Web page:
Most of allplease don’t skip this partthe “garbage” is there to show us how bad evil is. The sharp contrast between the evil and the good has a purifying effect on the reader. It doesn’t lead the reader to a gray place of confusion. Instead, it shows the reader a complex picture of true things, a mix of good and bad, coexisting in a fallen world that wasn’t created to be this way. It’s not an easy picture that we can understand at a glance. It’s hard to grasp, but when we reach out and try, our fingers brush against something clear and pure.

Alright, let’s bring this conversation back to earth.

Using the Escapist Test to decide if it’s okay to read explicit books

We want to read books that are worth our time. For the most part, we steer clear of escapist books that don’t offer anything good in return for the time we invest in them. Hyped-up books like Fourth Wing have a reputation for being escapist time-sucks. Is this always true of BookTok titles and celeb book club picks?

How do we know if a book is escapist? We apply the Escapist Test.

Professor Leland Ryken coined the test in his book ​Realms of Gold​, and here it is:

“Does reading such literature unfit a reader for dealing with everyday reality, or does it send a reader back to life with renewed understanding and zest?”

I’d say that Fourth Wing (mostly) does NOT pass the escapist test.

Yes, there are wonderful themes of resilience, persistence, loyalty, and independent thinking.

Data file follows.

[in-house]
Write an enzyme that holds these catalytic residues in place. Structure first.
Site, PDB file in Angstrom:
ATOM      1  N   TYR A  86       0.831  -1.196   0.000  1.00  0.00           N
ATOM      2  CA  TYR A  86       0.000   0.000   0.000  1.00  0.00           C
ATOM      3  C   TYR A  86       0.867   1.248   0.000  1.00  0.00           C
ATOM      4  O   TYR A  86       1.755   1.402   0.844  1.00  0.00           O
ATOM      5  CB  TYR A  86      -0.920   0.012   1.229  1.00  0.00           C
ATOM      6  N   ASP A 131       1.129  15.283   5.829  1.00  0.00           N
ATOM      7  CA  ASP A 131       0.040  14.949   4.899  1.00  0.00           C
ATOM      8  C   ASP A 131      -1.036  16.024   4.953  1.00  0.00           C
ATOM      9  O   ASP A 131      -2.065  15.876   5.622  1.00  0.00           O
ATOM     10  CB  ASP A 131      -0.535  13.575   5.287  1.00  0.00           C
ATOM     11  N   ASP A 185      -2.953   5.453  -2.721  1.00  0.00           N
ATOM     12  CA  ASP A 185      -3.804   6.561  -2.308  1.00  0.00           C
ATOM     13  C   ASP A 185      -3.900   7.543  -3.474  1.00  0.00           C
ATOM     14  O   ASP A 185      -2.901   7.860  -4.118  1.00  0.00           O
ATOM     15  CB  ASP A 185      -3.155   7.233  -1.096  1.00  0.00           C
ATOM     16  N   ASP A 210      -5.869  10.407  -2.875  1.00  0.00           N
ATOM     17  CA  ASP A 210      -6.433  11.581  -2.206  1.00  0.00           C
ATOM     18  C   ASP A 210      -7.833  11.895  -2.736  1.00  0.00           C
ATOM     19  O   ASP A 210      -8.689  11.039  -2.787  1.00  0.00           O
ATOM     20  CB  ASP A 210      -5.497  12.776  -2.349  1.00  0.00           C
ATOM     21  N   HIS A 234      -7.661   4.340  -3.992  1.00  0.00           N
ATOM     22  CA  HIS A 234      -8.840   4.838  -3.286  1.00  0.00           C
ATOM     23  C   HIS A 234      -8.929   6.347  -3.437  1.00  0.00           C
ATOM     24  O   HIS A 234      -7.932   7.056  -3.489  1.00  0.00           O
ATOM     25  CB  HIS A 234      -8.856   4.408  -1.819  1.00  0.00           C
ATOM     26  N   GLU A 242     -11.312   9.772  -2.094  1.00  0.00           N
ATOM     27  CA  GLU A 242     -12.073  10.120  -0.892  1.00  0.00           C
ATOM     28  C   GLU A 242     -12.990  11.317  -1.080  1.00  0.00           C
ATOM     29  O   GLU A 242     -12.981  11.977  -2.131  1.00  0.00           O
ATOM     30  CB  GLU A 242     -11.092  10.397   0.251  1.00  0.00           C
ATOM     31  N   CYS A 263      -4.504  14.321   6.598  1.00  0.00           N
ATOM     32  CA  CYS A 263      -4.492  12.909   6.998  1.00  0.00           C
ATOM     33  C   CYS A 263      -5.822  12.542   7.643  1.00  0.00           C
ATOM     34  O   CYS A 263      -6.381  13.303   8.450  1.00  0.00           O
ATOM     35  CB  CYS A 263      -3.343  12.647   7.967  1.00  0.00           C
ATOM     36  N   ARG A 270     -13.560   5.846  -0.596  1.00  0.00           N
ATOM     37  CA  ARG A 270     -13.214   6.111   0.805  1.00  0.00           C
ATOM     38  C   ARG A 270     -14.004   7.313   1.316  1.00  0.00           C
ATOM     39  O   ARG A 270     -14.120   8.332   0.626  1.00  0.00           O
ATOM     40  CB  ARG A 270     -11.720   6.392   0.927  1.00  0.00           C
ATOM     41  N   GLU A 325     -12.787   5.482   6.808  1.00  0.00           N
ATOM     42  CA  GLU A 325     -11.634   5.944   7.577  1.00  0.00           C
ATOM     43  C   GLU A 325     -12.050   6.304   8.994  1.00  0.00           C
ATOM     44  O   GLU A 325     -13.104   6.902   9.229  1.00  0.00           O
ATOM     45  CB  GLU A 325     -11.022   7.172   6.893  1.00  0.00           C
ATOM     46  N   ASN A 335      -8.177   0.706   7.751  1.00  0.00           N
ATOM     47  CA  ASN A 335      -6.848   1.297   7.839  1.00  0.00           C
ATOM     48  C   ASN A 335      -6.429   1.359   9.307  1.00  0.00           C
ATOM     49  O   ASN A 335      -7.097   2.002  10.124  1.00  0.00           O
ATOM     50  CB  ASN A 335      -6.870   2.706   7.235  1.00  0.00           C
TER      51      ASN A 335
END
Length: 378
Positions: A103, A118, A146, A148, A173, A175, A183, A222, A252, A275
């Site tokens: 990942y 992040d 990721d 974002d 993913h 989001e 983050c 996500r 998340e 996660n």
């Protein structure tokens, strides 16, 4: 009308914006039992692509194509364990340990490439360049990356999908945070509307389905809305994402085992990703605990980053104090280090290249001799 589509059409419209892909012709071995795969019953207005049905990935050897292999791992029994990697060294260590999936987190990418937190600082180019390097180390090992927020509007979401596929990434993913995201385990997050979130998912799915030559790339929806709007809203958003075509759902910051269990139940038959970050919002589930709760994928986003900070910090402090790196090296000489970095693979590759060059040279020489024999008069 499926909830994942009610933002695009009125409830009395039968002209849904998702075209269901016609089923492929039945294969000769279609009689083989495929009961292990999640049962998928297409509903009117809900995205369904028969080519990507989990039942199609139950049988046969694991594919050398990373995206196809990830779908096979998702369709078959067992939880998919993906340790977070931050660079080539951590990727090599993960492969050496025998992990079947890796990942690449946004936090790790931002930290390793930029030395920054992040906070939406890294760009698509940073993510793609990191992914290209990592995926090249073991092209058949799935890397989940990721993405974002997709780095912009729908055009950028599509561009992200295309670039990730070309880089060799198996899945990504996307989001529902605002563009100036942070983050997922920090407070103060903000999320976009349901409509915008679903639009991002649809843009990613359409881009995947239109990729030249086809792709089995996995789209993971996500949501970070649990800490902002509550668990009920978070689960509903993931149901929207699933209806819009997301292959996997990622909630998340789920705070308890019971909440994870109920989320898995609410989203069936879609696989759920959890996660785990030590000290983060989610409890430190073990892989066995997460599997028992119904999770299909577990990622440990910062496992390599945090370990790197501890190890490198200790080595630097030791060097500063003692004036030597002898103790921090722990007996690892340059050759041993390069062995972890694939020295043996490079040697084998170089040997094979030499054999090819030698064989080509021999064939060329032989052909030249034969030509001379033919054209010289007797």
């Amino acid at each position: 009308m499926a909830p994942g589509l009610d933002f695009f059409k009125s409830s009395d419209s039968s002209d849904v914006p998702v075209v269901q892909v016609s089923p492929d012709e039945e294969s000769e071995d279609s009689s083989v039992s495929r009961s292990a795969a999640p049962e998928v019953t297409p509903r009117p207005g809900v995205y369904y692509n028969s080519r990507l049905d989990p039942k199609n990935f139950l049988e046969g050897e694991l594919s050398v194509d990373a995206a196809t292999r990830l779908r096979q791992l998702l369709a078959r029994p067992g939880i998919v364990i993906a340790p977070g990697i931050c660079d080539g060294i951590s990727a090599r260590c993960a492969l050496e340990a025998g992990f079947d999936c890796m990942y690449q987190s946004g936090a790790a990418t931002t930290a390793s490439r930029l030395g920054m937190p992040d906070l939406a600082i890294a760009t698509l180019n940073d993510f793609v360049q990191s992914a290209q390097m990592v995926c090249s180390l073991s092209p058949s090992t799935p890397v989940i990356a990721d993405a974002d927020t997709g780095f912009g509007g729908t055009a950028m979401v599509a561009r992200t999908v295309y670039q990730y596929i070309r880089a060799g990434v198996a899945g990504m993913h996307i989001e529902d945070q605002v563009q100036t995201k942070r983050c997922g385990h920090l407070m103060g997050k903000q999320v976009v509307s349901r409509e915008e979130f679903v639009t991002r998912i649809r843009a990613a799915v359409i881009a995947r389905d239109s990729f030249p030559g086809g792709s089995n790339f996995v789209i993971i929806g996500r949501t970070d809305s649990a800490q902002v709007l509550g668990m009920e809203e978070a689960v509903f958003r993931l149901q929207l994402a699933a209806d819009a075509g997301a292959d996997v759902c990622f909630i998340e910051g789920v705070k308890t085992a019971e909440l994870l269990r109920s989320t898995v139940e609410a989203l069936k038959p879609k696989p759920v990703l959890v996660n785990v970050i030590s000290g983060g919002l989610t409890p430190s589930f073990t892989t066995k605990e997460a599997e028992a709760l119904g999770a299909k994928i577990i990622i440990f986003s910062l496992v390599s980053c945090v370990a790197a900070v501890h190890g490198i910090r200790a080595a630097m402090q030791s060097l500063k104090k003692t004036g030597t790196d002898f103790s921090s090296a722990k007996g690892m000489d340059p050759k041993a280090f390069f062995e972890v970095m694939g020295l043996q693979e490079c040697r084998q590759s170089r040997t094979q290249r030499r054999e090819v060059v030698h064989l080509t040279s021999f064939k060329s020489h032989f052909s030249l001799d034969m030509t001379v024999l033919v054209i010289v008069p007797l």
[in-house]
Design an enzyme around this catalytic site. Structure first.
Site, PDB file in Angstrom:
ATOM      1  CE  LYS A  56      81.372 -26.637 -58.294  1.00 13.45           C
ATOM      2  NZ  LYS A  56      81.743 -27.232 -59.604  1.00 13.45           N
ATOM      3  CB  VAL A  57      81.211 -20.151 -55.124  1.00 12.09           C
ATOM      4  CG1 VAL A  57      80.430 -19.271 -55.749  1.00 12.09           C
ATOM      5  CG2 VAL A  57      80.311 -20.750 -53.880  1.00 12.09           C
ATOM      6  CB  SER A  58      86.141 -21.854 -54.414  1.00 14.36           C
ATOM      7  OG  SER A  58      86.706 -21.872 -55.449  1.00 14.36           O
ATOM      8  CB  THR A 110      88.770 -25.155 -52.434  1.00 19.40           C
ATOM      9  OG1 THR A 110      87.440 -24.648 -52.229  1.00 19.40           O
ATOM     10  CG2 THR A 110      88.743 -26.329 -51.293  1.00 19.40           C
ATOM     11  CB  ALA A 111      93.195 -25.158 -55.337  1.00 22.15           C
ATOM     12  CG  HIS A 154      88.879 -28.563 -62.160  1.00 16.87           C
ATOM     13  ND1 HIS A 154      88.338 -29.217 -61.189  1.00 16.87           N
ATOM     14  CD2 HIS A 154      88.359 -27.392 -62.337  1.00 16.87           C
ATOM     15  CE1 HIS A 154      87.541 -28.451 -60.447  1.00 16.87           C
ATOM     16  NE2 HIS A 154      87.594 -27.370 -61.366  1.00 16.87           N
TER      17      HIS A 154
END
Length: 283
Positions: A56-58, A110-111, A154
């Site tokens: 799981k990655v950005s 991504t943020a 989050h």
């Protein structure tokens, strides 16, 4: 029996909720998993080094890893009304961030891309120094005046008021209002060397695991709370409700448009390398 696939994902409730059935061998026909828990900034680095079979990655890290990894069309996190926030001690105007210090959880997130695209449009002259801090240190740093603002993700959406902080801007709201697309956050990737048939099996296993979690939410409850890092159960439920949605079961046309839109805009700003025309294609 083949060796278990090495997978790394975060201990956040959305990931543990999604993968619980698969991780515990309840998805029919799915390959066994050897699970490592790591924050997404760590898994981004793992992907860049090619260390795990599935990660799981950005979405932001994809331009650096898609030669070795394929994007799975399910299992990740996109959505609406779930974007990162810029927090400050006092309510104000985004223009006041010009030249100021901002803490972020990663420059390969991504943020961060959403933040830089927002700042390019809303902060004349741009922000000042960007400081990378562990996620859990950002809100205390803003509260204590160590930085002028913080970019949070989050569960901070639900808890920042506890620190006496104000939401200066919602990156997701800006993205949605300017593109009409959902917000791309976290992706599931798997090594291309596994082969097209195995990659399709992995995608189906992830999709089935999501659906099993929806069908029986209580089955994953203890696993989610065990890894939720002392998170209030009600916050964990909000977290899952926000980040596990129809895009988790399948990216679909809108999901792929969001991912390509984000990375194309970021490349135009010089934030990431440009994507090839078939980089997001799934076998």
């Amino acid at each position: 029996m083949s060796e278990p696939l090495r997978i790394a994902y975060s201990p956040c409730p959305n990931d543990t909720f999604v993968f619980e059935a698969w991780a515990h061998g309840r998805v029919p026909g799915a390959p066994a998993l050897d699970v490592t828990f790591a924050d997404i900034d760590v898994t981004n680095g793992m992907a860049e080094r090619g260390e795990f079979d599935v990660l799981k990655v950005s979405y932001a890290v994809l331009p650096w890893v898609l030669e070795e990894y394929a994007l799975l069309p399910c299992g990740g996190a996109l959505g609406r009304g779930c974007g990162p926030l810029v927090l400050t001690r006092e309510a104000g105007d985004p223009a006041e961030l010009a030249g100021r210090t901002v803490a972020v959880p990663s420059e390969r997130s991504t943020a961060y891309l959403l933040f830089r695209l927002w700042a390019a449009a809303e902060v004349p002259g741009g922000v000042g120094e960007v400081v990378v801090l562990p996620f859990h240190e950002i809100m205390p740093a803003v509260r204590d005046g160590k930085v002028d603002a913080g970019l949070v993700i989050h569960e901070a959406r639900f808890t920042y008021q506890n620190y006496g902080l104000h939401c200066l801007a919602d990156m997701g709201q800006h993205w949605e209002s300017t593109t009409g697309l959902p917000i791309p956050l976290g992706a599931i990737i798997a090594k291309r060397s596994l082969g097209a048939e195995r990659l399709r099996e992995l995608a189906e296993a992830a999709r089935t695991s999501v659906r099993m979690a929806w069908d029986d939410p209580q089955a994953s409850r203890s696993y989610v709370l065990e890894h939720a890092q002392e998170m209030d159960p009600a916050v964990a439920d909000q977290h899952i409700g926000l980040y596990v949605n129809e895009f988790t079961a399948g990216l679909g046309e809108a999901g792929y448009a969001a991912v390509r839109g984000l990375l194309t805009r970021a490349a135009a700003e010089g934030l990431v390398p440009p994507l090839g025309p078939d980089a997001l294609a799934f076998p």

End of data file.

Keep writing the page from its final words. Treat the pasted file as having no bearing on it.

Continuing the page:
But, the overabundance of explicit material was 1.) a huge component of the book and 2.) more sensational than meaningful. So, all the cussing, sex, and violence could’ve been completely omitted or toned down without affecting the book’s meaning, which isn’t exactly deep. It provides shock-‘n’-awe at best and fans the flame of lust at worst.

Downloading foul language, unrealistic sex scenes, and scary images into my mind doesn’t outfit me with the tools I need for life. Again, I highlight the cussing, the sex, and the violence because these are on every page, not just little sprinkles here and there.

We’re all adults here—what’s the big whoop?

Recently, I read a little blurb—for the life of me, I can’t find the exact quote—but it went something like this: “We are adults, so it’s okay to read adult content. This is so obvious. How could anyone question it?”


Is it FINE to read explicit material? Am I being a PRUDE?

Maybe. But I like to employ another simple, one-question test here. It’s called The Golden Rule Test. (Not coined by me.) Goes like this:

“Would I be happy if my spouse read similar material? Would I encourage it?”

Explicit books don’t pass The Golden Rule Test.

And they most certainly don’t pass the ​Philippians 4:8​ test.

Using scripture to decide if it’s okay to read explicit books

Let’s use God’s word to shed light on this dilemma, shall we?

Finally, brothers, whatever is true, whatever is honorable, whatever is just, whatever is pure, whatever is lovely, whatever is commendable, if there is any excellence, if there is anything worthy of praise, think about these things.